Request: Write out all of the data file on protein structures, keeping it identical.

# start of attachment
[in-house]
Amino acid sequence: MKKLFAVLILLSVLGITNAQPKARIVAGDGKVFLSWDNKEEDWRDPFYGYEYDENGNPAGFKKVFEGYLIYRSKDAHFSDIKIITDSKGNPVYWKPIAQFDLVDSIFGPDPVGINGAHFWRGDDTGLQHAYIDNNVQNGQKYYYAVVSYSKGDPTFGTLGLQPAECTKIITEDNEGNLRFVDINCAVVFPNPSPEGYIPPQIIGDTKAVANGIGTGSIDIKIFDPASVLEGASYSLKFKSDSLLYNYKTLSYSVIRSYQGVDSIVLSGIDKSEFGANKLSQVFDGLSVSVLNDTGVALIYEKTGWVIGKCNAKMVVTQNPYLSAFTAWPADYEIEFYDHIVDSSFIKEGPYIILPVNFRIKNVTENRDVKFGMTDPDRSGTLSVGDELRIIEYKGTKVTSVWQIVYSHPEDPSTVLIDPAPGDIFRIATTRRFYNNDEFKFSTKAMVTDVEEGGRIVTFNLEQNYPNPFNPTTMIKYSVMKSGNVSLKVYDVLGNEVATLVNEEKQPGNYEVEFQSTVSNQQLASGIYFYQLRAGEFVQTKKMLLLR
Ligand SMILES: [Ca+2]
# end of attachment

[in-house]
Amino acid sequence: MKKLFAVLILLSVLGITNAQPKARIVAGDGKVFLSWDNKEEDWRDPFYGYEYDENGNPAGFKKVFEGYLIYRSKDAHFSDIKIITDSKGNPVYWKPIAQFDLVDSIFGPDPVGINGAHFWRGDDTGLQHAYIDNNVQNGQKYYYAVVSYSKGDPTFGTLGLQPAECTKIITEDNEGNLRFVDINCAVVFPNPSPEGYIPPQIIGDTKAVANGIGTGSIDIKIFDPASVLEGASYSLKFKSDSLLYNYKTLSYSVIRSYQGVDSIVLSGIDKSEFGANKLSQVFDGLSVSVLNDTGVALIYEKTGWVIGKCNAKMVVTQNPYLSAFTAWPADYEIEFYDHIVDSSFIKEGPYIILPVNFRIKNVTENRDVKFGMTDPDRSGTLSVGDELRIIEYKGTKVTSVWQIVYSHPEDPSTVLIDPAPGDIFRIATTRRFYNNDEFKFSTKAMVTDVEEGGRIVTFNLEQNYPNPFNPTTMIKYSVMKSGNVSLKVYDVLGNEVATLVNEEKQPGNYEVEFQSTVSNQQLASGIYFYQLRAGEFVQTKKMLLLR
Ligand SMILES: [Ca+2]